If the Supreme Court rules in favor of the plaintiffs in this case, will that mean that women have to register for the draft? No, just the reverse.
As I explained when the District Court made its initial decision in 2019 that requiring men but not women to register had become unconstitutional as a result of the opening of all military combat assignments to women, a ruling in favor of the plaintiffs in this case would not mean that women would have to register.
Despite NCFM’s agnosticism on the question of “all of us or none of us”, the case they have brought is a challenge to the draft. Its only outcome will be either a ruling allowing the current draft registration requirement, applicable only to men, to continue unchanged, or a ruling voiding that requirement, as applied to men, as unconstitutional.
Only Congress could amend the law to require women to register.
If the Supreme Court rules in favor of the plaintiffs that the current law is unconstitutional, nobody will be required to register with the Selective Service System unless and until Congress enacts a new, general-neutral law or amendment to the law.
A Supreme Court ruling that the current registration law is unconstitutional, even in the limited form of a declaratory judgment, would effectively preclude criminal prosecutions of nonregistrants. It would, however, leave a mess of uncertainly as to which of the Federal and state administrative sanctions against previous nonregistrants might still apply. As I explained to the NCMNPS, Congressional action would still be needed to repeal or preempt those sanctions and avoid decades of confusion and burdensome state-by-state litigation.
What will happen next?
(See this timeline of likely 2021 events in Congress and the Supreme Court related to draft registration, the draft, and Selective Service.)
The government will have a chance to respond to the petition for Supreme Court review. The government almost always opposes a petition for review of a lower court ruling in the government’s favor, but there is some possibility that the Biden Administration may agree that the Supreme Court should review this case. One reason the plaintiffs may have waited as long as possible to file their petition was so that the government’s response would not be due until after the new administration takes office. Other organizations will also have a chance file amicus briefs supporting or opposing Supreme Court review of the 5th Circuit decision in NCFM v. SSS.
If the Supreme Court agrees to hear this case, argument will be scheduled for later this year.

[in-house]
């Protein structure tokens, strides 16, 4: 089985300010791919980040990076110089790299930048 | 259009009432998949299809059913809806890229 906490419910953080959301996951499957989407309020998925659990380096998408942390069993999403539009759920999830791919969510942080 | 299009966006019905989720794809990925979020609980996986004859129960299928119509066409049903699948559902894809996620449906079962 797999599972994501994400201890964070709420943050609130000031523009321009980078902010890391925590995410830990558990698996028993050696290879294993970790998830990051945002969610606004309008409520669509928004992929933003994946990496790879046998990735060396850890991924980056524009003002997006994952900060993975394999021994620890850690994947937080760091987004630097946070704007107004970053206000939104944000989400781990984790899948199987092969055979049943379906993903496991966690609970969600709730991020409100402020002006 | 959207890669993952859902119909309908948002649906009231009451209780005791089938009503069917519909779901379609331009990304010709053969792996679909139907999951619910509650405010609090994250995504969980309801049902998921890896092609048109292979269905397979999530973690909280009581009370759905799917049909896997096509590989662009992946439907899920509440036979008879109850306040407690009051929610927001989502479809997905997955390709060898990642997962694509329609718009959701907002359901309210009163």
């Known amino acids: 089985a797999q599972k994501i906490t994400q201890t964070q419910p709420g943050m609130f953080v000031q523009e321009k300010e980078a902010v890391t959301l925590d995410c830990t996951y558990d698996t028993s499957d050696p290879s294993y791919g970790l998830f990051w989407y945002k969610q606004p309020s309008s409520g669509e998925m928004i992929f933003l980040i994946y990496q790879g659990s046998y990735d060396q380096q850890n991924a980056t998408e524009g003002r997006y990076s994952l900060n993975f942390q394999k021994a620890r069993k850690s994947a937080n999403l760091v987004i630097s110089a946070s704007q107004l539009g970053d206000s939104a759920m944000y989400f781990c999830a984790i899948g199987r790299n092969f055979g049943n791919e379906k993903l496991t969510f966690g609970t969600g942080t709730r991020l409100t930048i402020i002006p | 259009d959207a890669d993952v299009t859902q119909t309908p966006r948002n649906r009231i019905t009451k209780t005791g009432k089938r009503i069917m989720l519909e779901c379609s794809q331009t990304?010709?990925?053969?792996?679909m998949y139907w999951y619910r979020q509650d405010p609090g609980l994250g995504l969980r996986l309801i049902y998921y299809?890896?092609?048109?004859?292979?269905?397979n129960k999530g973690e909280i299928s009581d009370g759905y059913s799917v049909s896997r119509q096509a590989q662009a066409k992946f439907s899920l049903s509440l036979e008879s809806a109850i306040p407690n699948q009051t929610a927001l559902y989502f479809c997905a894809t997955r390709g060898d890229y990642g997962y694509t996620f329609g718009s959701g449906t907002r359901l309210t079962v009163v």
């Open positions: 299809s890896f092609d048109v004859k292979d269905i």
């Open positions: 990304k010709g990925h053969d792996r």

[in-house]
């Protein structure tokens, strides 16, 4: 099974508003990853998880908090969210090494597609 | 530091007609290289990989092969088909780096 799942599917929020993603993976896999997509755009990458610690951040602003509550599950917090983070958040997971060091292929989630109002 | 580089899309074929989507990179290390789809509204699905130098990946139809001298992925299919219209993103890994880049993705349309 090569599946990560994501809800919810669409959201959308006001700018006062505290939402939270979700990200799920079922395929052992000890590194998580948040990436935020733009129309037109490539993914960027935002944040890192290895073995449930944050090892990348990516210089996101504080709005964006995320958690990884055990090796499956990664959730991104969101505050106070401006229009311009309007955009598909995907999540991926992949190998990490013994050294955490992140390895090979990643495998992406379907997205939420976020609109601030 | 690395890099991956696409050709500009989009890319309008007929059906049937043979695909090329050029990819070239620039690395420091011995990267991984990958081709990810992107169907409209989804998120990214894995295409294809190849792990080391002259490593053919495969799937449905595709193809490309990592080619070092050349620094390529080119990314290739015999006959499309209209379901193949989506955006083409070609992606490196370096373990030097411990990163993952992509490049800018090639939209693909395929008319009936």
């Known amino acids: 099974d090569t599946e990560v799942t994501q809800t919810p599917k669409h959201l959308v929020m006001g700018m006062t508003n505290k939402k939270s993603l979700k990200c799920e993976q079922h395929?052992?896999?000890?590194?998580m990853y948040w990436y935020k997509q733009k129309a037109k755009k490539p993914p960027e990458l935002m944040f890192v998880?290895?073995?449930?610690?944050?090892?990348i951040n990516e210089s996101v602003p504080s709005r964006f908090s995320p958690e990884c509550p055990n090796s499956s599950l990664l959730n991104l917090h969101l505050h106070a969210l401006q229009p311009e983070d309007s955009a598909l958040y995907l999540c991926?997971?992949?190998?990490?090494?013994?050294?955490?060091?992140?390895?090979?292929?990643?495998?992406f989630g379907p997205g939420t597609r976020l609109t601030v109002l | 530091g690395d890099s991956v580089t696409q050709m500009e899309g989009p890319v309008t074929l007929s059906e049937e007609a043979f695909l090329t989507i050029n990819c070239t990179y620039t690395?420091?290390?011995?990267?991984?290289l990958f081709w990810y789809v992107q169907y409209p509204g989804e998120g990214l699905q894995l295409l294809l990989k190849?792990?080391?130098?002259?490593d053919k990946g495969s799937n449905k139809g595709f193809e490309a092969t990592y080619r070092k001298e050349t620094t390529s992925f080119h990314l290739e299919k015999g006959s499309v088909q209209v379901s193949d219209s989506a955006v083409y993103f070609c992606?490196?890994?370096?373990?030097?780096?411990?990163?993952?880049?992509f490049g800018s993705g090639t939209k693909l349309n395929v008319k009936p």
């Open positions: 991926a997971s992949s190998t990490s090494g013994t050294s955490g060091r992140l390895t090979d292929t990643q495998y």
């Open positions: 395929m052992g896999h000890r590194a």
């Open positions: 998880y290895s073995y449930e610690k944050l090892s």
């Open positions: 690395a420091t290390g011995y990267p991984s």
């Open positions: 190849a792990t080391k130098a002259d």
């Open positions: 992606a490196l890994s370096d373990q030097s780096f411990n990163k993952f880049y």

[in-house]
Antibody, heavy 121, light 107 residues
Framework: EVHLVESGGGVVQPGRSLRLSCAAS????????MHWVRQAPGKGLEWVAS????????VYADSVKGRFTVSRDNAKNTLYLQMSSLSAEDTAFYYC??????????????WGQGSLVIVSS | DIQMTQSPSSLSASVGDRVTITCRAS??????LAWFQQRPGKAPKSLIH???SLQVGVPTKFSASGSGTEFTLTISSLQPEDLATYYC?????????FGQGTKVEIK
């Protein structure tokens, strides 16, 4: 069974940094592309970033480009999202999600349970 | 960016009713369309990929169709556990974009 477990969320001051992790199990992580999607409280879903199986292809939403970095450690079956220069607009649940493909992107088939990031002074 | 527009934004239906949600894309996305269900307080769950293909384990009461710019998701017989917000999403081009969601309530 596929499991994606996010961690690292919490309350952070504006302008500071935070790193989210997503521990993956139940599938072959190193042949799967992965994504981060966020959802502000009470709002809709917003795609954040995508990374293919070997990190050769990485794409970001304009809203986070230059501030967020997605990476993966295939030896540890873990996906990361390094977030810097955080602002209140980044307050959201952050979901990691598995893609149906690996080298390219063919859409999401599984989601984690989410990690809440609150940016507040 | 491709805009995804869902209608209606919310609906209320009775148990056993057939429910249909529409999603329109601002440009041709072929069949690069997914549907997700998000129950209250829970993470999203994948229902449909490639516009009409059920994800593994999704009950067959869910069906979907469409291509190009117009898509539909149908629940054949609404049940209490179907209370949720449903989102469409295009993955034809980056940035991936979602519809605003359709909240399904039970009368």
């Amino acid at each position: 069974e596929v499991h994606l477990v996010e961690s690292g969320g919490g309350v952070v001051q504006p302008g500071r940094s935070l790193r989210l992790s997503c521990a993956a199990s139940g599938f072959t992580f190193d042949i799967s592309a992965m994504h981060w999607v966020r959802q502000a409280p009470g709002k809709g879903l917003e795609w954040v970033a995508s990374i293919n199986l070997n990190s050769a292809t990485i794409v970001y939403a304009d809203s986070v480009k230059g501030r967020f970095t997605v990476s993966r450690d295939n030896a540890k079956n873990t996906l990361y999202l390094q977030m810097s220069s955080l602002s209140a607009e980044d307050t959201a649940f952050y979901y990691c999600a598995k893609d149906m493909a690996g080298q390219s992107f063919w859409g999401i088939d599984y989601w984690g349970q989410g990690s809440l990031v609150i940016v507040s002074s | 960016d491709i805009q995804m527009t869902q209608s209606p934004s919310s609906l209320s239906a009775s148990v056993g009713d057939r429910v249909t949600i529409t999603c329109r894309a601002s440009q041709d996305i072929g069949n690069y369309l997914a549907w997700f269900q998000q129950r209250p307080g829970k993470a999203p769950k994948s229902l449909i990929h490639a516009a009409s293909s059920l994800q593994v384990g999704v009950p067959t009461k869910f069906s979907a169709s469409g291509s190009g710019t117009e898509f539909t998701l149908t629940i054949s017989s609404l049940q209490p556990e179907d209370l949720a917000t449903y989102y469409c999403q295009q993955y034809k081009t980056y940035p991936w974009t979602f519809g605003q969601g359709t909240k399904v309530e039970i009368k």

If the Supreme Court declines to hear this case, that will leave the issue unresolved, but with the likelihood that at some future time, whenever the Supreme Court does take a case raising this question, it will find the current registration law unconstitutional.
To avoid that all-but-inevitable eventual outcome, Congress will take up this issue early this year regardless of whether or not the Supreme Court decides to hear this case. (See this timeline of coming events related to Selective Service in 2021 in Congress and the Supreme Court.) Hearings on the future of Selective Service registration will be held before or at the start of Congressional consideration of this year’s National Defense Authorization Act (NDAA) for Fiscal Year 2022, with a final decision by Congress likely by the end of 2021 when the final version of the FY 2022 NDAA is enacted and signed into law by President Biden.
The choice faced by Congress is not whether to retain the current Selective Service System or to try to expand it to women. The writing on the wall is clear to all that current male-only registration requirement is legally indefensible. The question is whether Congress will end draft registration entirely, or try to expand it to young women as well as young men. While the possibility of a Supreme Court decision this year will put additional pressure on Congress to act, the ultimate decision on this “all of us or none of us” question is up to Congress.
Nobody understands this better than Bernard Rostker himself, the former Director of the Selective Service System whose name is on the previous Supreme Court decision. In 2019, Rostker came out of retirement to testify at a hearing before the National Commission on Military, National, and Public Service that the Selective Service registration database has become so incomplete and inaccurate as to be “ineffective and frankly less than useless” and legally indefensible. Forced to chose between ending draft registration for men and trying to expand it to women as well as men, Congress should, Rostker testified, end draft registration entirely.
I made the same argument – albeit for different reasons – in my testimony to the NCMNPS the next day, as did antiwar feminists and other antiwar and anti-draft activists who met with the NCMNPS in November 2019.
Bills for each of these options, H.R. 5492 to end draft registration and H.R. 6415 to extend it to women as well as men – were introduced in the 2019-202 session of Congress. New versions of both bills, with new numbers, are likely to be reintroduced in the 2020-2021 Congress.
The NCMNPS took a “See no evil, hear no evil, speak no evil” attitude toward issues of compliance, noncompliance, and enforcement – the Achilles heel of draft registration ever since the current registration program was started (under Rostker’s direction) in 1980.
Since the NCMNPS deliberately avoided any inquiry into compliance, noncompliance, or enforcement – either with respect to the current requirement for men to register and report address changes, or with respect to potential resistance by women to any attempt to expand registration – it’s essential for Congress to hold full and fair hearings that consider and hear from witnesses in favor of the successors to both H.R. 5492 and H.R. 6415 and the options of either ending or expanding registration, not one-sided hearings that hear only from former members of the NCMNPS (one of whom is on the Biden transition team and another of whom is being nominated to Biden’s cabinet) or posit a false choice that presumes the continuation of draft registration and considers only whether to not to try to expand it.